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Age: 35

Sex: Female

Indication: Pregnant, right lower quadrant pain

History of Cesarean section

Beta-hCG: 4510 mIU/mL

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Case #20


Findings

  • 1.4 cm gestational sac adjacent to the right ovary containing a yolk sac measuring 0.4 cm and a fetal pole measuring 0.7 cm
  • Cardiac activity is observed with heart rate of 134 beats/minute
  • Estimated gestational age by crown-rump length is 6 weeks, 4 days
  • Small amount of heterogeneous debris in the endometrial canal without discrete intrauterine gestational sac identified
  • Myometrial thickening and heterogeneity anteriorly in the uterine fundus with mild associated distortion of the endometrial canal, which may relate to a uterine fibroid or focal adenomyosis
  • Cesarean section scar in the lower uterine segment anteriorly
  • Bilateral ovarian follicles with a possible corpus luteum on the right
  • Preserved arterial and venous waveforms in both ovaries on spectral Doppler tracings
  • Trace free fluid layering in the cul-de-sac


Diagnosis

Ectopic pregnancy

Sample Report

Right adnexal (likely tubal) ectopic pregnancy with gestational age of 6 weeks, 4 days estimated based on crown-rump length. Heart rate: 134 beats/minute.

No intrauterine pregnancy is identified.

Trace free fluid layering in the cul-de-sac.


Discussion

  • While ovarian torsion is the feared gynecologic pathology in a young woman with a negative pregnancy test, ectopic pregnancy is the feared pathology with a positive pregnancy test
  • In fact, ectopic pregnancy is the leading cause for first trimester maternal death
  • Nearly all ectopic pregnancies are tubal and most of these involve the ampulla
  • Typical ultrasound findings in a tubal ectopic pregnancy include:
    • Cystic structure with a thick wall with avid peripheral vascularity on color Doppler analysis (“ring of fire” appearance) external to both the uterus and ovary
      • A corpus luteum can have an identical appearance, but is within the ovary
    • Pseudo-gestational sac sign – decidual reaction surrounds endometrial fluid creating a cyst-like appearance. This will be located centrally in the endometrial canal unlike a true gestational sac which will be eccentric to the canal within the endometrial wall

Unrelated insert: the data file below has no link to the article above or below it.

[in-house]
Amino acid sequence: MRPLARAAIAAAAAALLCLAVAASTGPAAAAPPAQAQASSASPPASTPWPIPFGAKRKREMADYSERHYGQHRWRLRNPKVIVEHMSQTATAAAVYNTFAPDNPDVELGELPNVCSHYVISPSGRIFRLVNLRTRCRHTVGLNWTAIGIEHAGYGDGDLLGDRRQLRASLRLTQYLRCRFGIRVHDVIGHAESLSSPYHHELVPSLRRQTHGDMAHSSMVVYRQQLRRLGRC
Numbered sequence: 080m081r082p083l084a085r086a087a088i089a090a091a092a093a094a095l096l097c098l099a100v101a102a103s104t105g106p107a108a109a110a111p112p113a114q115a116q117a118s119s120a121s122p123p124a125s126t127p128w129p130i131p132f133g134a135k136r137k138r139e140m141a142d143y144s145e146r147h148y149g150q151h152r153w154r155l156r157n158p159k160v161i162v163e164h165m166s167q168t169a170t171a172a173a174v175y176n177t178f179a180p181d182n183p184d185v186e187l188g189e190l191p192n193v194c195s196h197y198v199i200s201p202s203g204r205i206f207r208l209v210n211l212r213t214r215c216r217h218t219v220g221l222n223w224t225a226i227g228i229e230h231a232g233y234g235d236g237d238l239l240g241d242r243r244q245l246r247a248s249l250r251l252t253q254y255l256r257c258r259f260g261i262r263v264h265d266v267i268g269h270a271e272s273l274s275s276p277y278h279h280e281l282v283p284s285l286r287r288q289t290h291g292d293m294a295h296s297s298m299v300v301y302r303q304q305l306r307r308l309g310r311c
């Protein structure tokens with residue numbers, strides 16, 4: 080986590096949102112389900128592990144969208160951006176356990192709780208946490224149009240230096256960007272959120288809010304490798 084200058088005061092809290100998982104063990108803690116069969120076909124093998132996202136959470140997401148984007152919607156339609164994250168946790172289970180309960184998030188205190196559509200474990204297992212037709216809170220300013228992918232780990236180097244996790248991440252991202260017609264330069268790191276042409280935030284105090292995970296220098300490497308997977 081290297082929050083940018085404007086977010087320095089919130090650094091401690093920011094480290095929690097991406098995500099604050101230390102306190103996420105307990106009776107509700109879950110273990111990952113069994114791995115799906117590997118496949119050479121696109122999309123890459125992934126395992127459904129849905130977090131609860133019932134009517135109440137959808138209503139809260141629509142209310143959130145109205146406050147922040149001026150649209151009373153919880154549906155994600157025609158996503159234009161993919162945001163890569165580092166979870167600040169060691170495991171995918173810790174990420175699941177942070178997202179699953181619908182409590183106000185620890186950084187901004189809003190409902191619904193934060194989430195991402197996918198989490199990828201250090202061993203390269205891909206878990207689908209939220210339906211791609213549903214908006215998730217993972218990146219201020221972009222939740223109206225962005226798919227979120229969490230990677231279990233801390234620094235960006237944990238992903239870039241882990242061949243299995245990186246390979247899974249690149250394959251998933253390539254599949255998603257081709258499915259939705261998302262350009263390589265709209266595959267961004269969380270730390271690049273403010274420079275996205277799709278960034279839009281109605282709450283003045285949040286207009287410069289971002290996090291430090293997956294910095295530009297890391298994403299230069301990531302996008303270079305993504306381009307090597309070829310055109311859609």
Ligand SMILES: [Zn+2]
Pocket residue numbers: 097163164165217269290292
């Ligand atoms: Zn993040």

• Free fluid may be seen. Hemoperitoneum accompanies ruptured ectopic pregnancy
  • Additional (much less common) locations for ectopic pregnancies include:
    • Interstitial – implantation of the gestational sac in the segment of the uterine tube passing through the uterine myometrium
      • These can be challenging to diagnose and typically can grow larger than tubal ectopic pregnancies before rupturing
      • Look for eccentric location of the gestational sac in the uterine fundus with an echogenic line connecting the sac to the endometrial canal
      • Also worry about this if the myometrial thickness overlying the gestational sac is < 5 mm
    • Ovarian – intraovarian growth of the gestational sac, which can be challenging to differentiate from a corpus luteum. Short followup imaging can help differentiate the two if initial workup is unclear
    • Cervical – can be confused for spontaneous abortion in process, though in spontaneous abortion, the gestational sac is not attached to the cervix and should move with gentle manipulation as well as on serial imaging
    • Cesarean section scar – look for a gestational sac in the anterior wall of the lower uterine segment in a patient with history of C-section
    • Intra-abdominal – gestational sac in the peritoneal cavity clearly separate from the ovaries and uterine tubes
      • Highest associated mortality rate
    • Heterotopic – two or more gestations, both intrauterine and extrauterine in location
      • The pseudo-gestational sac associated with tubal ectopic pregnancies can sometimes be confused for heterotopic pregnancy



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